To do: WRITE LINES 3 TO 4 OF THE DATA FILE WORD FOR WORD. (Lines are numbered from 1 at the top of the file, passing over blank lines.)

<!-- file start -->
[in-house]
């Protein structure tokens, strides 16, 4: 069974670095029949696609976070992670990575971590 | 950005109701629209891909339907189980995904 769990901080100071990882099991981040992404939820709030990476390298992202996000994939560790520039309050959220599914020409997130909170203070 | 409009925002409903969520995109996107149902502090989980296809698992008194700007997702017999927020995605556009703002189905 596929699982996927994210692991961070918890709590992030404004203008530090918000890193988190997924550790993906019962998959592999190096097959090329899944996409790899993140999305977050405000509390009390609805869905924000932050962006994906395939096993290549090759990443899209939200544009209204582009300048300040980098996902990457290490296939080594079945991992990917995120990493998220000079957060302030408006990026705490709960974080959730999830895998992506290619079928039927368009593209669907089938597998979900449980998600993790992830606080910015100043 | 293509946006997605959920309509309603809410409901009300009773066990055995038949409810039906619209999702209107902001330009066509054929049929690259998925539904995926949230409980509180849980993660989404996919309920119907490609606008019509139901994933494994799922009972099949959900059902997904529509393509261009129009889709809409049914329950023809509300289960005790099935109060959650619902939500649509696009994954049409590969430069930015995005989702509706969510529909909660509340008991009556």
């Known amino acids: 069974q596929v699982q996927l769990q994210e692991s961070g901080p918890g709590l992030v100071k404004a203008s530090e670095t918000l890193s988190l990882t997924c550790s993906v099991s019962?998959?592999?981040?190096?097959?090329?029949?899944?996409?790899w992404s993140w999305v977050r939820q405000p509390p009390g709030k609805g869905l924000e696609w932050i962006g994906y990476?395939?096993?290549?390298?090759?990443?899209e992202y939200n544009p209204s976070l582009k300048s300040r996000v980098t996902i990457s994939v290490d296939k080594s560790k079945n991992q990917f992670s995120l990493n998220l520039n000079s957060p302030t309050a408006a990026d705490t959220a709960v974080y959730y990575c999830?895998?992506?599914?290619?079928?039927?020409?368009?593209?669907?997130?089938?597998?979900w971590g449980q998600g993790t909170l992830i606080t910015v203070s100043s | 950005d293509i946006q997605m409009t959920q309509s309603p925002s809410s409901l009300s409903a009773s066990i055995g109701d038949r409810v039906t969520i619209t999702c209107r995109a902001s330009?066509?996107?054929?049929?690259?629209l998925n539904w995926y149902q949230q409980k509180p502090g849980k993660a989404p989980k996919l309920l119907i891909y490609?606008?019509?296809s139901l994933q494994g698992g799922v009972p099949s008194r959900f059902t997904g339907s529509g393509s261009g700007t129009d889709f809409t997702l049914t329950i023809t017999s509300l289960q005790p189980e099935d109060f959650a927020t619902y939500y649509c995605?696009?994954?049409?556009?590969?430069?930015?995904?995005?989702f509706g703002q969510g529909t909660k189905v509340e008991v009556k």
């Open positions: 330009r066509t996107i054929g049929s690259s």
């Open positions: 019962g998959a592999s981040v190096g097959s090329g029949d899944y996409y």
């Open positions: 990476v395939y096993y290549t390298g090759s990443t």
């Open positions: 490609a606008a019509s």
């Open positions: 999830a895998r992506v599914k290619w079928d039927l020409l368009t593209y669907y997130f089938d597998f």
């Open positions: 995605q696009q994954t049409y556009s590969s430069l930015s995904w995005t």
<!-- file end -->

């Known amino acids: 069974q596929v699982q996927l769990q994210e692991s961070g901080p918890g709590l992030v100071k404004a203008s530090e670095t918000l890193s988190l990882t997924c550790s993906v099991s019962?998959?592999?981040?190096?097959?090329?029949?899944?996409?790899w992404s993140w999305v977050r939820q405000p509390p009390g709030k609805g869905l924000e696609w932050i962006g994906y990476?395939?096993?290549?390298?090759?990443?899209e992202y939200n544009p209204s976070l582009k300048s300040r996000v980098t996902i990457s994939v290490d296939k080594s560790k079945n991992q990917f992670s995120l990493n998220l520039n000079s957060p302030t309050a408006a990026d705490t959220a709960v974080y959730y990575c999830?895998?992506?599914?290619?079928?039927?020409?368009?593209?669907?997130?089938?597998?979900w971590g449980q998600g993790t909170l992830i606080t910015v203070s100043s | 950005d293509i946006q997605m409009t959920q309509s309603p925002s809410s409901l009300s409903a009773s066990i055995g109701d038949r409810v039906t969520i619209t999702c209107r995109a902001s330009?066509?996107?054929?049929?690259?629209l998925n539904w995926y149902q949230q409980k509180p502090g849980k993660a989404p989980k996919l309920l119907i891909y490609?606008?019509?296809s139901l994933q494994g698992g799922v009972p099949s008194r959900f059902t997904g339907s529509g393509s261009g700007t129009d889709f809409t997702l049914t329950i023809t017999s509300l289960q005790p189980e099935d109060f959650a927020t619902y939500y649509c995605?696009?994954?049409?556009?590969?430069?930015?995904?995005?989702f509706g703002q969510g529909t909660k189905v509340e008991v009556k």
């Open positions: 330009r066509t996107i054929g049929s690259s």